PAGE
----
Middle Rio Grande Piezometer network

Science Center Objects

In 1996, the U.S. Geological Survey, in cooperation with the New Mexico Office of the State Engineer and the Albuquerque Bernallilo County Water Utility Authority, began a drilling program to install specialized monitoring wells in the Middle Rio Grande Basin. The purpose of the program is to monitor hydraulic head at specific depths in the aquifer (fig 1). Most of these specialized wells, called piezometers, are located in areas between major water-production wells so that data collected are more representative of general conditions in the aquifer rather than conditions influenced primarily by the daily on-and-off cycles of the production wells. Because hydraulic head varies vertically as well as horizontally throughout the aquifer system, piezometers are completed at different depths, typically in groups of three (fig. 1). Hydraulic head is monitored by continuously measuring the depth to water in each piezometer and recording a measurement every hour. To ensure the accuracy of the recording device, measurements are made by hand every 4 to 8 weeks using steel or electric tape.

Rio Grande Piezometers, USGS New Mexico Water Science Center

Rio Grande Piezometers, USGS New Mexico Water Science Center (Public domain.)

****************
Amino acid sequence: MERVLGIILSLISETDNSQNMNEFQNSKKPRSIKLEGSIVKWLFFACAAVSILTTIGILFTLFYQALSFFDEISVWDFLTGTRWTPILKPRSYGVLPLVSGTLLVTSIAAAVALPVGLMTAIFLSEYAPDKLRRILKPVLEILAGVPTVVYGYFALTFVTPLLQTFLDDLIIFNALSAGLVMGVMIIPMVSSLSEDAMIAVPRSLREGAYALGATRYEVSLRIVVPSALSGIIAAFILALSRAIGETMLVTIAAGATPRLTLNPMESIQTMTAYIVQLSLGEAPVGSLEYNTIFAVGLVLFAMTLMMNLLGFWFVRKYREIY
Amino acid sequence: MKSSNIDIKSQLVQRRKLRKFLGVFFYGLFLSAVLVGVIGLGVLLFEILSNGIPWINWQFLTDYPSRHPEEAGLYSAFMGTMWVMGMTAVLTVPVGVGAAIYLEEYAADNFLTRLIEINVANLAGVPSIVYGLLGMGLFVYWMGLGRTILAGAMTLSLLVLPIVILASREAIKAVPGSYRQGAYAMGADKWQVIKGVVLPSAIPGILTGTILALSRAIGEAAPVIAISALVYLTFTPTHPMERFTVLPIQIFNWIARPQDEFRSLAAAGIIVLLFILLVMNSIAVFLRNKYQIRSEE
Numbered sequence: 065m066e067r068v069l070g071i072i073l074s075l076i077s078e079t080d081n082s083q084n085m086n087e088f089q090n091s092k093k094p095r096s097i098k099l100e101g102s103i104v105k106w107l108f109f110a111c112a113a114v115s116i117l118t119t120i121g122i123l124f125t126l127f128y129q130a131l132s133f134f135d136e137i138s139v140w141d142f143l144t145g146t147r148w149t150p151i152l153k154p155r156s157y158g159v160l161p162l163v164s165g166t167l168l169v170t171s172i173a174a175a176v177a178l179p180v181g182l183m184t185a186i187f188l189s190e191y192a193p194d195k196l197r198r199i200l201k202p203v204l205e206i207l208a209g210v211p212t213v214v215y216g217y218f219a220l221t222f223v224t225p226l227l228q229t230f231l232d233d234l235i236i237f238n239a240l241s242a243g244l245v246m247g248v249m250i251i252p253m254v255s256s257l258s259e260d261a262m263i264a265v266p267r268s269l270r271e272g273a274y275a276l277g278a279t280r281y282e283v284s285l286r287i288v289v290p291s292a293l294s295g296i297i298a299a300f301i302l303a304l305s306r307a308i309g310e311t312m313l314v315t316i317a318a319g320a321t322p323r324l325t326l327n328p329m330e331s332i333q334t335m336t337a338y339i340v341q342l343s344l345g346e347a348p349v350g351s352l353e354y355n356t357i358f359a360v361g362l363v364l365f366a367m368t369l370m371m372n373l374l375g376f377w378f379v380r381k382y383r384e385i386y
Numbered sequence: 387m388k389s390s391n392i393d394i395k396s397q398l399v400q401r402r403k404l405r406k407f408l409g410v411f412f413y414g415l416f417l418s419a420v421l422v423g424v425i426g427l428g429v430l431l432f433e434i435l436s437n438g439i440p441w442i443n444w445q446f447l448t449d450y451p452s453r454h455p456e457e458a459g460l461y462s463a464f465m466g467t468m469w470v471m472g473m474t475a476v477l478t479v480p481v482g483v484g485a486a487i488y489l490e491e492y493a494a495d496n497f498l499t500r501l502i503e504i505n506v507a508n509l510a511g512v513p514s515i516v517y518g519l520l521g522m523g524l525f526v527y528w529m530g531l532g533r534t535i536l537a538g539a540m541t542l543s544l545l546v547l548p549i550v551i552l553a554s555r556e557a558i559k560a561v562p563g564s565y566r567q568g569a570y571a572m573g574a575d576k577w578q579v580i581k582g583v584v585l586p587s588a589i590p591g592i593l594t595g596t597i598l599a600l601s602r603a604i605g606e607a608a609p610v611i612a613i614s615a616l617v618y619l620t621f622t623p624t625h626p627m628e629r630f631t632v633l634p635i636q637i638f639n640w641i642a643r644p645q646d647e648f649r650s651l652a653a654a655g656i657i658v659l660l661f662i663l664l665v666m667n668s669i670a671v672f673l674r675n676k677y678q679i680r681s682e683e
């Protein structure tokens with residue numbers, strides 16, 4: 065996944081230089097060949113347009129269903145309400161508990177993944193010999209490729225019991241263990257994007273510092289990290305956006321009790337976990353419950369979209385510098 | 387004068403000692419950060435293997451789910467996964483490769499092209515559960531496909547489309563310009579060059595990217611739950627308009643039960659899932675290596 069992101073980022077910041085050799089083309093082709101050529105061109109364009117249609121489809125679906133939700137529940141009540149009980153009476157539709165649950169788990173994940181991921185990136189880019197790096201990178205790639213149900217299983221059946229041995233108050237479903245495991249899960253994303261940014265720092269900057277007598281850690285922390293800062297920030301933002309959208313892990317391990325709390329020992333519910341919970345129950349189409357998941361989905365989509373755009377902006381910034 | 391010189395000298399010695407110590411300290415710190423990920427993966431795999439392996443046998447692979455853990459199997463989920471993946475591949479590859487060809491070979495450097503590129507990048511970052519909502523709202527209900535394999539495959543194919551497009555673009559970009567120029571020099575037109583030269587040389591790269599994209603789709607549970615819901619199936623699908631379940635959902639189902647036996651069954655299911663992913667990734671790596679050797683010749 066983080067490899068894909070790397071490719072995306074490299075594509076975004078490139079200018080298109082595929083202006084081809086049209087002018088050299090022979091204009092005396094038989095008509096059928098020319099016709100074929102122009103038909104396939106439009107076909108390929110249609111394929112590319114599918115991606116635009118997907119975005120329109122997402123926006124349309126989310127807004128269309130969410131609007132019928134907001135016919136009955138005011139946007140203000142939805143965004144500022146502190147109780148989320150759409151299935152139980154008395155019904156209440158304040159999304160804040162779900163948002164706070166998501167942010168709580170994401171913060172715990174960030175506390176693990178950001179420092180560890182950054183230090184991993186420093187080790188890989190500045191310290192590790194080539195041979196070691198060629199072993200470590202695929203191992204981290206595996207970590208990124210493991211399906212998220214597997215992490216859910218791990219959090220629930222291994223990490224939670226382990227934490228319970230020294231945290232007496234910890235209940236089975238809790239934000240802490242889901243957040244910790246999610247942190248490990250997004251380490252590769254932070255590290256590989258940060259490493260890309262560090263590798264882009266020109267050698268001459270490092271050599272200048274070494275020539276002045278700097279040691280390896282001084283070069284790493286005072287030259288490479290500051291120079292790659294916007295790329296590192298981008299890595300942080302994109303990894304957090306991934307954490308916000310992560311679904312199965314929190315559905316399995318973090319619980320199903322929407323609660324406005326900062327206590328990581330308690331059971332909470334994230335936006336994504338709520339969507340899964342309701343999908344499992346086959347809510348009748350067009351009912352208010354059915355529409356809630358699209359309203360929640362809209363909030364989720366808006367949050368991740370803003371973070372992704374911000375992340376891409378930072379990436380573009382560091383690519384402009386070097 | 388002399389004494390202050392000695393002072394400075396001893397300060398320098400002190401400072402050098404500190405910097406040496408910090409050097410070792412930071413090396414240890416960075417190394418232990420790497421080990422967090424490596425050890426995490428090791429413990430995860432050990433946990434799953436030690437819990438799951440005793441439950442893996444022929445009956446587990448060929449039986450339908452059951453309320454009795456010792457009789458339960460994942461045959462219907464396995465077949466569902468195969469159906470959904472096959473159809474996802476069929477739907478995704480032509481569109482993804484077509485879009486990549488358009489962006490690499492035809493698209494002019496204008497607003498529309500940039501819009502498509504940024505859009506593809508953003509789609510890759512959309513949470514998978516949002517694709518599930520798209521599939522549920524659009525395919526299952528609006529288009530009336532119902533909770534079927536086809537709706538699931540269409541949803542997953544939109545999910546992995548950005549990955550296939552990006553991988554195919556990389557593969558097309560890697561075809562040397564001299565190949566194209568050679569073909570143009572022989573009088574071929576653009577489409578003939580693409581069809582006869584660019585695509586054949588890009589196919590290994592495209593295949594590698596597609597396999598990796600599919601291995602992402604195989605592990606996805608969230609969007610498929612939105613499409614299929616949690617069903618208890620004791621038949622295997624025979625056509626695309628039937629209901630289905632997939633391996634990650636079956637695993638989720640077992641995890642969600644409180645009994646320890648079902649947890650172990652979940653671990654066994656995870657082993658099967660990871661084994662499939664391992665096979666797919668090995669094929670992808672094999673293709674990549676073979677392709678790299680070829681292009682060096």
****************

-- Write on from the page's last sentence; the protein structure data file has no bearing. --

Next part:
Figure 1. Schematic east-west section through central Albuquerque displaying the construction of a typical piezometer nest and typical water-production well in the Santa Fe Group aquifer system. Also displayed is the generalized distribution of hydraulic head: the red-purple area represents low hydraulic head, and the orange areas represent high hydraulic head. Ground water moves (depending on the aquifer materials) from areas of high hydraulic head to areas of low hydraulic head. 1) Thorn, C.R., 1996, Ground-water monitoring in the Albuquerque area: U.S. Geological Survey Fact Sheet FS-088-96, 2 p.

Approach:

  • Collect continuous water-level data from data loggers at 12 sites with 31 piezometers every two months.
  • Maintain collected data in USGS databases.
  • Make all data available on line.

 

Objectives:

Provide OSE with continuous water-level data from piezometers nests at the Lincoln Middle School, Matheson Park, Mesa del Sol, Dome Road, Nancy Lopez, Tome, Bernalillo, Phoenix Road, Archery Range, OSE  County, Fairgrounds, Jail and Cuyamungue sites. Activities to achieve this objective include operation and maintenance of water-level data collection equipment; retrieval, quality assurance, and entry of water-level data into the ADAPS and GWSI database; and provision of electronic access to data by the OSE via the web.

 

Middle Rio Grand Piezometers:

Groundwater-Level Monitoring in Middle Rio Grande Basin Piezometers

Groundwater Monitoring in the Espanola Basin Piezometers